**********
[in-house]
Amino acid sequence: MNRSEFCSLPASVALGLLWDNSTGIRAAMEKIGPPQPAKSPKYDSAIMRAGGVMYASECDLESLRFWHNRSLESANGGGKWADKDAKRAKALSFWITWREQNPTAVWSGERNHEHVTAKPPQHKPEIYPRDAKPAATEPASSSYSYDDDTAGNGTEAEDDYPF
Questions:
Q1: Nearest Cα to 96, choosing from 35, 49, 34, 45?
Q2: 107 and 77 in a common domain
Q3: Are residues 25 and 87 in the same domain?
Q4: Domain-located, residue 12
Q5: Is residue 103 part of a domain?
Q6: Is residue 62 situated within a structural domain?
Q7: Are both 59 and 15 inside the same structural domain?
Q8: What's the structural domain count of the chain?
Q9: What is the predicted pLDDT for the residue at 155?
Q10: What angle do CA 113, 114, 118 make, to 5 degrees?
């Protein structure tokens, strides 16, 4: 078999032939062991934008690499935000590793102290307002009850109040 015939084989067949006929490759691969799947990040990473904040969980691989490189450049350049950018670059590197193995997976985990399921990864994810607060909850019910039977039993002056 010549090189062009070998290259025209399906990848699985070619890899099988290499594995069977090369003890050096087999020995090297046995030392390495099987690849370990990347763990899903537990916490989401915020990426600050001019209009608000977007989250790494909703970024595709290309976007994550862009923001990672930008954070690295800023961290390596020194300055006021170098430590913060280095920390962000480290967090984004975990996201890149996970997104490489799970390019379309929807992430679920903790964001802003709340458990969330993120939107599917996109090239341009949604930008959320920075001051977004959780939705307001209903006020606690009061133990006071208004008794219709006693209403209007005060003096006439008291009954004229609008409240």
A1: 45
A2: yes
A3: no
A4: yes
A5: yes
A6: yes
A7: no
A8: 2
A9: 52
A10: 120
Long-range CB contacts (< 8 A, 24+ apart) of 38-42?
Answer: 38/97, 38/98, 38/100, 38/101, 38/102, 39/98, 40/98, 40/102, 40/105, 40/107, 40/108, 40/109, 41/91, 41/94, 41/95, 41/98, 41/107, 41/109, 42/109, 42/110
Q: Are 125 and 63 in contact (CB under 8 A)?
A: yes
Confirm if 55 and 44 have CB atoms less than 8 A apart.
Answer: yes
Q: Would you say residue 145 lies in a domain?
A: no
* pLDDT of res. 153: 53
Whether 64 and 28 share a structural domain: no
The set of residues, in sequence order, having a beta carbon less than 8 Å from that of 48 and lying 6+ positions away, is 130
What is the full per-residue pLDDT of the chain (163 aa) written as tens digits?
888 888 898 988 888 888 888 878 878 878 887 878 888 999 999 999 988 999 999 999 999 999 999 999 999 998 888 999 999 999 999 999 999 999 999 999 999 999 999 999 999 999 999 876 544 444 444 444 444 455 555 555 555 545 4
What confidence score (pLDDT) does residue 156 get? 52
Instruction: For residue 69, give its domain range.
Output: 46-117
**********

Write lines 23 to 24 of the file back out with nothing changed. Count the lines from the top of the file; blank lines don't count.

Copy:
A9: 52
A10: 120